“The Hard Saying of Jesus Pt. 1”

John 6:26-58
Preached @ Harambee Church by Pastor Michael Gunn on February 4th, 2007

Intro
Last week we saw how easy it is to try to force God to fit our own agenda’s without realizing that God is actually moving in this world in accordance with His will and plan. Our will and “Choices” are redeemable within the scope of God’s will. Because of our fallen condition, we will always try to use God for our own purposes and comfort. We come to church most often for encouragement in a cruel, harsh environment, and need our preachers to give us a formula to “Turn our lives around,” but the bible keeps on pointing to Jesus as the “author and perfector of our faith;” But, What does that mean? Is the gospel enough, or is there something more? I think we live our lives waiting for something more. We want to see God “Work” for us, and what we usually mean by that is that we want our hurts to be healed and our needs (Felt or real) to be met. We want solutions for our family problems, and we want to learn to be better lovers, parents and friends. When we don’t get what we want, we often commiserate with those that struggle like us and wallow in hopelessness, and take comfort in numbers, but find no release from our struggle. All of this, while failing to realize that our biggest struggle is the realization that our greatest need is Christ, and that any earthly hunger, will only pale in comparison. That’s why weird paradoxes like “If you save your life you ill lose it, but if you lose it for my name’s sake, you will find it,” and “For me to live is Christ, to die is gain,” are a bit crazy and often misunderstood. It can no doubt become a cop out to dealing with issues here on earth, as many skeptics have exposed and exploited, but is it possible that knowing Jesus in a real gospel way makes us more earthly good, while we maintain our heavenly minds? Can I become a better parent, lover or friend by loving Jesus, and being captured by His plan here on earth, and the hope that our earthly life is not in vain?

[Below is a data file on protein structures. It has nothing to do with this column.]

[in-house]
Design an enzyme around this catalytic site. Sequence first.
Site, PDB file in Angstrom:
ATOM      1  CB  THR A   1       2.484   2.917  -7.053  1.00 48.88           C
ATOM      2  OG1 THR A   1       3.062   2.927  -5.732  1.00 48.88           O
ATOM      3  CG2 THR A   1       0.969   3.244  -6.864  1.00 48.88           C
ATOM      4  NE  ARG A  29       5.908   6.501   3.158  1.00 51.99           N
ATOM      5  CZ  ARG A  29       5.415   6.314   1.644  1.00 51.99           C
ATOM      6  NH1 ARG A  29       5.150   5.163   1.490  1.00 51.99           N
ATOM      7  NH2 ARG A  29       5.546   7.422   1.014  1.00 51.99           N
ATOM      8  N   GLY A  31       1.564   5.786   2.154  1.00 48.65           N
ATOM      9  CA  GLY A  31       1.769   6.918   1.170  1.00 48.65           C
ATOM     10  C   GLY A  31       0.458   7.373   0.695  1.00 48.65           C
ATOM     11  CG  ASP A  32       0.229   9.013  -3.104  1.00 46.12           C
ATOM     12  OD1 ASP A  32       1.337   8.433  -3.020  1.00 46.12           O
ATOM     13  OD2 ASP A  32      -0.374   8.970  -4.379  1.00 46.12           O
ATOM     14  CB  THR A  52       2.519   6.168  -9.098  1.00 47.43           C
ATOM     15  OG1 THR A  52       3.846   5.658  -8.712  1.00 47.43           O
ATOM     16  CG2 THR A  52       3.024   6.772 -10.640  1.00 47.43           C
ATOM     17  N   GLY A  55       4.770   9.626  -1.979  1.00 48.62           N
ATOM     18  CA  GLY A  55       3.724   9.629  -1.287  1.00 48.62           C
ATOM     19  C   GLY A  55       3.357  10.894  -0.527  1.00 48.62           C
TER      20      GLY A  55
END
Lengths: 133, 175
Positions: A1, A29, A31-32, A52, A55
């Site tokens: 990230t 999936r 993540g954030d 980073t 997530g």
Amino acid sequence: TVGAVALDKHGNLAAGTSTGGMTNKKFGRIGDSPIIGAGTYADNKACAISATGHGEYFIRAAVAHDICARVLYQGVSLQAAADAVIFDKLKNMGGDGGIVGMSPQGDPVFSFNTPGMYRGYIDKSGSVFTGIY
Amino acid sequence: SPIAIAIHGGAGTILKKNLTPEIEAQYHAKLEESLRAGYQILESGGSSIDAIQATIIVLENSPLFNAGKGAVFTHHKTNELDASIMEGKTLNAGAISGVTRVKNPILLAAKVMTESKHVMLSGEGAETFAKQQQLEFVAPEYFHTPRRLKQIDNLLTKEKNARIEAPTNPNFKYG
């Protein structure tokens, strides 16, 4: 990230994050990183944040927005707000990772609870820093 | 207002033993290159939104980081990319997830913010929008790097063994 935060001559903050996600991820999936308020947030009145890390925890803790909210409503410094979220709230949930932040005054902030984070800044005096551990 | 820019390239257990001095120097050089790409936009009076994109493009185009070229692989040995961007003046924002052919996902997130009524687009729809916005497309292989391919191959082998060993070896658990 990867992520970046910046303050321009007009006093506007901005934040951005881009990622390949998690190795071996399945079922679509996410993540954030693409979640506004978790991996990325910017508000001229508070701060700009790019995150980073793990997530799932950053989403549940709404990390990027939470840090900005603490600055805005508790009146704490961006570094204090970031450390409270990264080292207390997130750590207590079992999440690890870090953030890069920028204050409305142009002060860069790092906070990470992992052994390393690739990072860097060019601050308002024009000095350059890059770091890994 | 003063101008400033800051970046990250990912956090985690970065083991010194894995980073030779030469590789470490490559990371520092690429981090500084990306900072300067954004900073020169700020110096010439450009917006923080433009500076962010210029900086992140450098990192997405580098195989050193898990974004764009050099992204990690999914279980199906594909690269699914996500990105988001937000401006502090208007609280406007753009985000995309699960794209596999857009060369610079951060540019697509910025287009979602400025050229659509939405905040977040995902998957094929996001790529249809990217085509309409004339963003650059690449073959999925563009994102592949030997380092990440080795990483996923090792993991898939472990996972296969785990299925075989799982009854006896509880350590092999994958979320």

In our passage today, Jesus begins to take on the crowd, and the religious leaders, and exhorts them to turn to Him in faith, and not spend their lives chasing a vaporous identity and a finite happiness. He (Jesus) is our sustenance, when we feed off of Him, and abide in Him and His words (Prayer, fasting, bible intake). This isn’t a formula, it’s an act of God on our lives, without which, we would continue to wallow in our self-focused agenda, and a practical Christ-less life. Jesus’ solution is Himself, not any self-help formulas. He calls people to Himself, as the ONLY means to eternal life. He enacts Old Testament metaphors to bring attention to His exclusive call to salvation. He denies any religious rites, and human choice, and bluntly says that “No man can come to me unless the Father draws Him to me,” which destroys the notion of an autonomous self. In one sermon, Jesus offends on every front, calling people away from their self-centered exploitation of God to a God-centered relationship denying their own plans in order to be obedient to His own.